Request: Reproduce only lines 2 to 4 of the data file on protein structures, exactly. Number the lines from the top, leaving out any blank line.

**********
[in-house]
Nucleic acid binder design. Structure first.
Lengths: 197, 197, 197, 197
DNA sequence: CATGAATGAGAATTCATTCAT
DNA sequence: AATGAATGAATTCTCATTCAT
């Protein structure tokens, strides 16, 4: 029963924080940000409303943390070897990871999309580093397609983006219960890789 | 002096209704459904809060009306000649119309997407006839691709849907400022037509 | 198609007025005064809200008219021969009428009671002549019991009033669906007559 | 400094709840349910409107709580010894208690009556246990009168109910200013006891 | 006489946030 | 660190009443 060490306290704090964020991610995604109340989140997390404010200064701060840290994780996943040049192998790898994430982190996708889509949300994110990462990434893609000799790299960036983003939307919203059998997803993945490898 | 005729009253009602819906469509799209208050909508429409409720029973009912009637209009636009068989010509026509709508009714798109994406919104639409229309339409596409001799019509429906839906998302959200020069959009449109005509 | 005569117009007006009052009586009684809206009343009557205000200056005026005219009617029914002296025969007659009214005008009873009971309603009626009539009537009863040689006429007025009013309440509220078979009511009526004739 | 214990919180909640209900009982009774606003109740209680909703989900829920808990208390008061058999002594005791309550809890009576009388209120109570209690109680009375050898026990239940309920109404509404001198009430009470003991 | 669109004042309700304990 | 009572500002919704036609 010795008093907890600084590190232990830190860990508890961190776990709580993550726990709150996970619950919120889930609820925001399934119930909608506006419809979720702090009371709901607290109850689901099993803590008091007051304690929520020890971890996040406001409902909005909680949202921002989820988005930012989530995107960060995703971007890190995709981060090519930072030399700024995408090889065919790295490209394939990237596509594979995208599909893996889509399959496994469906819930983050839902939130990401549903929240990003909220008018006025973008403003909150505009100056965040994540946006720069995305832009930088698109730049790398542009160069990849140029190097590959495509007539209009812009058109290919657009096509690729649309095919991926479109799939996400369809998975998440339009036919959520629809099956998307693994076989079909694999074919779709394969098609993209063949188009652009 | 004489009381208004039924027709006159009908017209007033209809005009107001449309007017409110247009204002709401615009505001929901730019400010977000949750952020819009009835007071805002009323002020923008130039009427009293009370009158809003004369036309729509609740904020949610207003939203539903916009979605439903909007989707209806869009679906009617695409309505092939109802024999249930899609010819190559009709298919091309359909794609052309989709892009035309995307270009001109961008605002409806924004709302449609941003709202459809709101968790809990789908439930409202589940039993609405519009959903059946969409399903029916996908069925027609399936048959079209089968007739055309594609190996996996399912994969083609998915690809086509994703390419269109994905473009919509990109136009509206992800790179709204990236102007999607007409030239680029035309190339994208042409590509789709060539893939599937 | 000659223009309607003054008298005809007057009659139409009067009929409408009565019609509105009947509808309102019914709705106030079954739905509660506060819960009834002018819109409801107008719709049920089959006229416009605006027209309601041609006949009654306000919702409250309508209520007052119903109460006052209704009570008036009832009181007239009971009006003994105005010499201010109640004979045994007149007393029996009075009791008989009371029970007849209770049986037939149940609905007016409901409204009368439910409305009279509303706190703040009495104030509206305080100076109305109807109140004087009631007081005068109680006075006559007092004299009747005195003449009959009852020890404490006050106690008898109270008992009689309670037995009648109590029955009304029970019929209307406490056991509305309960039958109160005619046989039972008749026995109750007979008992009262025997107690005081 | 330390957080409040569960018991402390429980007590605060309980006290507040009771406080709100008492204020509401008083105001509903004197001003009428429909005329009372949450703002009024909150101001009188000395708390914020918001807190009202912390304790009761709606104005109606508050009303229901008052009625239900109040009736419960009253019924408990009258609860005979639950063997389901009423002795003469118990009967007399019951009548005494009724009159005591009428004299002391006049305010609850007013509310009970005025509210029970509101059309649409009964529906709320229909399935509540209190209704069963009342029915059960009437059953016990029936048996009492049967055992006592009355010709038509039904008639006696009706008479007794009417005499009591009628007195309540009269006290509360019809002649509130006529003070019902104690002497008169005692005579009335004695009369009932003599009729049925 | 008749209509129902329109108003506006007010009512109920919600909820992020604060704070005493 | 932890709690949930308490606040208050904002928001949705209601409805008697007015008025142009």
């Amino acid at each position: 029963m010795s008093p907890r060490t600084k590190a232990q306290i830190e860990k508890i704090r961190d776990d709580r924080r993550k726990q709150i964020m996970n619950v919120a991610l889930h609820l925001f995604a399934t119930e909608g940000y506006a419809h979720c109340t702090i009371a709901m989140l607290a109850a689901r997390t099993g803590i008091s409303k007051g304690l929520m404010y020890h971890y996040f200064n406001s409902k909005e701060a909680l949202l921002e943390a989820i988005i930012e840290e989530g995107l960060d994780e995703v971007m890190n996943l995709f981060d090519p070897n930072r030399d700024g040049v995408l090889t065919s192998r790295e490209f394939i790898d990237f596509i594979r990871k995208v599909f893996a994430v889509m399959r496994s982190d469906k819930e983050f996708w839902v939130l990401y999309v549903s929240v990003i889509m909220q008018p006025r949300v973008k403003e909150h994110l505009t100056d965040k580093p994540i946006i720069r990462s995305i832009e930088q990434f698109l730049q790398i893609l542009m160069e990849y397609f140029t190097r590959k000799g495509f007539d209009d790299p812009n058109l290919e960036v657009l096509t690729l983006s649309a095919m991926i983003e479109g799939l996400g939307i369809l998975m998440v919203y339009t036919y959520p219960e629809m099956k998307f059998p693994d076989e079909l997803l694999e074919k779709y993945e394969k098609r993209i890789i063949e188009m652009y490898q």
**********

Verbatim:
Nucleic acid binder design. Structure first.
Lengths: 197, 197, 197, 197
DNA sequence: CATGAATGAGAATTCATTCAT